. Opinion 6: Bard engaged in aggressive off-label promotions which overstated benefits, downplayed risks, expanded the implanted patient population, and failed to adequately warn physicians, patients, and its own sales force of the risks (¶¶ 674-742);
. Opinion 7: Bard marketed the Recovery Cone Retrieval System as part of the Recovery IVC filter system to facilitate filter retrieval without having obtained 510(k) clearance (¶¶ 743-758).[2]

         Each of these opinions is followed by a string cite of various FDA regulations, without explanation, and by a lengthy discussion of documents, depositions, events, and other facts regarding alleged flaws in Bard IVC filters, what Bard knew or should have known about those flaws, and what Bard failed to disclose to the FDA and the medical community. Doc. 7312 at 37-255. Dr. Parisian largely fails to explain how her factual recitations relate to or support her opinions. Nor does she explain how the facts relate to her string cites of regulations. On the rare occasion where she states that Bard violated a specific regulation with some specific action, she fails to explain why that regulation was violated. See Doc. 7312 ¶¶ 343, 665.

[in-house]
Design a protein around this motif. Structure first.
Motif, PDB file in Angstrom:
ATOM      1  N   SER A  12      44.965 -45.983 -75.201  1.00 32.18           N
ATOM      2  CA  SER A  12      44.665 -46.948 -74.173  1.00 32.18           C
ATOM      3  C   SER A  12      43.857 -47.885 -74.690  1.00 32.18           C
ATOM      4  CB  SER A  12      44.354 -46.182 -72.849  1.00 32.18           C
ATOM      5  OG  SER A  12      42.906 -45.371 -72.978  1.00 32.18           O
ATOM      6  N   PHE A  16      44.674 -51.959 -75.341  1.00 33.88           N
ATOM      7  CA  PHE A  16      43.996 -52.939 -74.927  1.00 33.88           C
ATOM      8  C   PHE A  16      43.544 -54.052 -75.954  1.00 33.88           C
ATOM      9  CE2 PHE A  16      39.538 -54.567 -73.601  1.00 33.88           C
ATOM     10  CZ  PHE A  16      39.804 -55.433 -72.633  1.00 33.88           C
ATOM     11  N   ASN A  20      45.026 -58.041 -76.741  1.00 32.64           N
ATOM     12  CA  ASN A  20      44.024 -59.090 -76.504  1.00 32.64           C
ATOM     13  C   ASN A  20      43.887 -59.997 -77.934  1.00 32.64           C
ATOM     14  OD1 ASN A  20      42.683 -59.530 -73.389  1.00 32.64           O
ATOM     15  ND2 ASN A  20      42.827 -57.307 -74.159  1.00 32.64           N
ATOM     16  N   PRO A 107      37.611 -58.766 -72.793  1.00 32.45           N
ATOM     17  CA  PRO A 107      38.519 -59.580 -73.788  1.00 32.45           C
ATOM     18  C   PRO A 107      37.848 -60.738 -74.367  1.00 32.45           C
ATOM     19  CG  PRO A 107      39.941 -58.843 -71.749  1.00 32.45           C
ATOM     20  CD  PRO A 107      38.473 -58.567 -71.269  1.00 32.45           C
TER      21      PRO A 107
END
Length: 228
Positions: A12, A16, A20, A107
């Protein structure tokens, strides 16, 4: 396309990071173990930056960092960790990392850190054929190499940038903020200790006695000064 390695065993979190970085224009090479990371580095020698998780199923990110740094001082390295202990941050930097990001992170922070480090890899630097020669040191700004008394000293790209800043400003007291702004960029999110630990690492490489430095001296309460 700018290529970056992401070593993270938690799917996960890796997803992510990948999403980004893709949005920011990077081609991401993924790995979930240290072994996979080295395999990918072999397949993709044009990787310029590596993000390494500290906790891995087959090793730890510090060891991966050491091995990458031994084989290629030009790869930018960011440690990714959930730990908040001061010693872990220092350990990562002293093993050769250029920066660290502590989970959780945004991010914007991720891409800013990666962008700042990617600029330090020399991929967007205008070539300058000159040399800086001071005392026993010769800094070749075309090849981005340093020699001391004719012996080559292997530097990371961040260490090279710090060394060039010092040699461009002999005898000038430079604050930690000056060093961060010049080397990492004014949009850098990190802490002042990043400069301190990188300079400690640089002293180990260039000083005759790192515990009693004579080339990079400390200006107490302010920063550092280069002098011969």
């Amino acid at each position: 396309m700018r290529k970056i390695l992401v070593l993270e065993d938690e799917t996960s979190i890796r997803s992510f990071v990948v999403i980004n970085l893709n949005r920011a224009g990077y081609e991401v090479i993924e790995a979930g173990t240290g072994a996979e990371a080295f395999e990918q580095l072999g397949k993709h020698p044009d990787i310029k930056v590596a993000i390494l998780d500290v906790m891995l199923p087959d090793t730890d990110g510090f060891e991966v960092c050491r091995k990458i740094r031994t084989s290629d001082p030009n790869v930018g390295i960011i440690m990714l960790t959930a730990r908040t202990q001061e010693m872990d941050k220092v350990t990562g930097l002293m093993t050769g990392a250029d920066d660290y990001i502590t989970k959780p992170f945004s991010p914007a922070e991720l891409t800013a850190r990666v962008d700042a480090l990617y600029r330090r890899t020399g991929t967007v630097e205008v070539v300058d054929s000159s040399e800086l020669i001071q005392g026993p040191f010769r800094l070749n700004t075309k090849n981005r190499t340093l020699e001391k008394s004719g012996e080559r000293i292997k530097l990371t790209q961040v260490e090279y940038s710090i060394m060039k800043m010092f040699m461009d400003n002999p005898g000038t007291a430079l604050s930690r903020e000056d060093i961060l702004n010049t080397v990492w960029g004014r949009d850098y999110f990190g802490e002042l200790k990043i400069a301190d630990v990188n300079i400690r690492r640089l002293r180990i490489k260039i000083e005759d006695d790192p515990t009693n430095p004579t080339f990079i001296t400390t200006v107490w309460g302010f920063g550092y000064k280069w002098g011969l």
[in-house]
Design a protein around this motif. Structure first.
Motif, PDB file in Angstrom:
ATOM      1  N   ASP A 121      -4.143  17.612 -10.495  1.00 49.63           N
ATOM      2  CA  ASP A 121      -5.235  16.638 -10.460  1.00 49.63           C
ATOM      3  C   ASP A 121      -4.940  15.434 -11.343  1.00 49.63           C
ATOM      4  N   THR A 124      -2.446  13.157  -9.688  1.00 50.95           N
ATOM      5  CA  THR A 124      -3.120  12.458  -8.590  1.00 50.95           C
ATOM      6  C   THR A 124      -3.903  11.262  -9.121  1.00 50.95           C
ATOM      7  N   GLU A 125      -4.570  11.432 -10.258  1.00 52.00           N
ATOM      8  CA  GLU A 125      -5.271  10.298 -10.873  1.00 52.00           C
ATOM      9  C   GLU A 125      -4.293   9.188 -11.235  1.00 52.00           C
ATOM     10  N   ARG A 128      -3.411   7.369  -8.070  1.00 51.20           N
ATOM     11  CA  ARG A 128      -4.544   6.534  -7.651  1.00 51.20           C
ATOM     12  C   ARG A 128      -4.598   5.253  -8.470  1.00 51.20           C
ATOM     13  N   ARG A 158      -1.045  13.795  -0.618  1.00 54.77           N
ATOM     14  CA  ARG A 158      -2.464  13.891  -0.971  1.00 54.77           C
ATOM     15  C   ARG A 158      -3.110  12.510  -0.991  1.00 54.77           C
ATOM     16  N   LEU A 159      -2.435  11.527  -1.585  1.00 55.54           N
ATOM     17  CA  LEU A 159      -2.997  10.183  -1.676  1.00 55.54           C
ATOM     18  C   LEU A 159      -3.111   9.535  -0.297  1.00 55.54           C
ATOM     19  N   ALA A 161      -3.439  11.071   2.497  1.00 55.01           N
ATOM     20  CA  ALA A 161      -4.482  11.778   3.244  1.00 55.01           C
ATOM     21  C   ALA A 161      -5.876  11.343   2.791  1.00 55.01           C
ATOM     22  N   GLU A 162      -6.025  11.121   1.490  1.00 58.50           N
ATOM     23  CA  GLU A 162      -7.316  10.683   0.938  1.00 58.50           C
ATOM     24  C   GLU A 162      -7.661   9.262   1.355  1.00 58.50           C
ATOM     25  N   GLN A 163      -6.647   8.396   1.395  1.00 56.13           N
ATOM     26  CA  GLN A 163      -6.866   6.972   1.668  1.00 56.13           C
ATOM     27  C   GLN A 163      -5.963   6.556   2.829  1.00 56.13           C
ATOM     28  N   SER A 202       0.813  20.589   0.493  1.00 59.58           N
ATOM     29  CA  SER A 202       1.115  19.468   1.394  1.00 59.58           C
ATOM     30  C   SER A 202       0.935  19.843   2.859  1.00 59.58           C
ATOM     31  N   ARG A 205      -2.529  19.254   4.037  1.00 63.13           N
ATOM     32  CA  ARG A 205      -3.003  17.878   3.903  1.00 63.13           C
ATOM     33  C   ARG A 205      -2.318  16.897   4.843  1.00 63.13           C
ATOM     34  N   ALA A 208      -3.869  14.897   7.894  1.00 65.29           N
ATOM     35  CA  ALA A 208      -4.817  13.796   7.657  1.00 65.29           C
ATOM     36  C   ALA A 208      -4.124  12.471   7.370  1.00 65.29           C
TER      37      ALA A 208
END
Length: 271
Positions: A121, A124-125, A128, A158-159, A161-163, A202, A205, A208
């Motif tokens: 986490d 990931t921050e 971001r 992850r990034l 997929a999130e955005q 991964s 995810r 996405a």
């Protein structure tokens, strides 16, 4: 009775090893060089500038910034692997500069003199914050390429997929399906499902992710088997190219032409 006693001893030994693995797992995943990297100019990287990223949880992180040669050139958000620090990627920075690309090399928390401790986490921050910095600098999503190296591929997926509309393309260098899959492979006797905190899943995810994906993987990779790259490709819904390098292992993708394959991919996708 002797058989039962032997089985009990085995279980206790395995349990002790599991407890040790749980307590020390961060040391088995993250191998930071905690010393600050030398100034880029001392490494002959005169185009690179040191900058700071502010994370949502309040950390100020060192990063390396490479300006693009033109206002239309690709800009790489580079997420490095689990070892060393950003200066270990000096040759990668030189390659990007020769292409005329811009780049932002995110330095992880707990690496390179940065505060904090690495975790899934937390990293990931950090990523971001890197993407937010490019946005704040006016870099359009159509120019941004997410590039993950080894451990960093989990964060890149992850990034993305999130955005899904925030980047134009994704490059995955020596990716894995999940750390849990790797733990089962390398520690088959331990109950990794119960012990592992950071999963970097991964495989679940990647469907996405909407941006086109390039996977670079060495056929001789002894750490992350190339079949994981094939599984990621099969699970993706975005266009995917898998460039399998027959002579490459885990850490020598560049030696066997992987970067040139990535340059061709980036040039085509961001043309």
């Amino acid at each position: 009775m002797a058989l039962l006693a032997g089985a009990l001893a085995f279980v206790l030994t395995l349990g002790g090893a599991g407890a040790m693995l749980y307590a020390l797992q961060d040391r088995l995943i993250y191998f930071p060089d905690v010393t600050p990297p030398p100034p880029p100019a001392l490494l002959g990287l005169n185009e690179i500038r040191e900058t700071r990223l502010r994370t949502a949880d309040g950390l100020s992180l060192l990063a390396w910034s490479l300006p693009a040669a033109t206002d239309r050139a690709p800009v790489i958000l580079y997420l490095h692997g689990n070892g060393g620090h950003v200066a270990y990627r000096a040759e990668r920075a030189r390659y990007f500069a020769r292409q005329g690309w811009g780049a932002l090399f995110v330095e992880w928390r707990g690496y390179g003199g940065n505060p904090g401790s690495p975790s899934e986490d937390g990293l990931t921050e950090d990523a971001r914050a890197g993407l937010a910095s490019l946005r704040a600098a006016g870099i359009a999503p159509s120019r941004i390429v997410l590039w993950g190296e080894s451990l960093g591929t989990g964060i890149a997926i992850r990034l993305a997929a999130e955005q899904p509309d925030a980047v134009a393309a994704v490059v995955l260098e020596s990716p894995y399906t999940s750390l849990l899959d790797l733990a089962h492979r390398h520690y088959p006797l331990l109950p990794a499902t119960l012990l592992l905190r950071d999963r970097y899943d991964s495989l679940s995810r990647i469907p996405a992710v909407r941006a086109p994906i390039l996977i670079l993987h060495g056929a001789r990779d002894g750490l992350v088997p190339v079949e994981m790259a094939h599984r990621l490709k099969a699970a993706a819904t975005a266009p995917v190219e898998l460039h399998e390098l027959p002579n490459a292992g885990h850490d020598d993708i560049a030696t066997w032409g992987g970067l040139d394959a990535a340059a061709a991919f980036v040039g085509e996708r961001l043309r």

Other courts have encountered similar problems with Dr. Parisian's opinions. In Trasylol, the court found that “[a]ll of Dr. Parisian's opinions suffer from this fatal flaw: she recounts [the] regulatory history, the contents of [defendants'] internal documents and e-mails, and the findings of scientific studies; she then offers a broad opinion, often outside her scope of expertise, that is not connected to the underlying facts in any apparent way and that lacks regulatory analysis.” In re Trasylol Prods. Liab. Litig., 709 F.Supp.2d 1323, 1347 (S.D. Fla. 2010); see also Lopez, 2011 WL 1897548, at *10 (“Dr. Parisian's report simply presents a narrative of selected regulatory and corporate events and quotations and then leaps to a conclusion without sufficient explanation”); Miller v. Stryker Instruments, No. CV-09-813-PHX-SRB, 2012 WL 1718825, at *11 (D. Ariz. Mar. 29, 2012) (Dr. Parisian provides “no analysis or explanation of [her] conclusory opinion” that the defendant violated FDA regulations); Kaufman v. Pfizer Pharm., Inc., No. 1:02-CV-22692, 2011 WL 7659333, at *9 (S.D. Fla. Aug. 4, 2011) (“Dr. Parisian generally takes a collection of facts, imputes [defendants'] motive and knowledge to those facts, and draws unsupported conclusions that are unrelated to any regulatory experience that she has”); Hines v. Wyeth, No. 2:04-0690, 2011 WL 2680842, at *5 (S.D. W.Va. July 8, 2011) (Dr. Parisian's testimony is “riddled with conclusory statements lacking either analysis or explanation; improperly touches on issues well beyond [her] qualifications; and at times, merely regurgitates factual information that is better presented directly to the jury”); In re Prempro Prods. Liab. Litig., 554 F.Supp.2d 871, 887 (E.D. Ark. July 8, 2008) (Dr. Parisian ‚Äútestified to the bottom line ...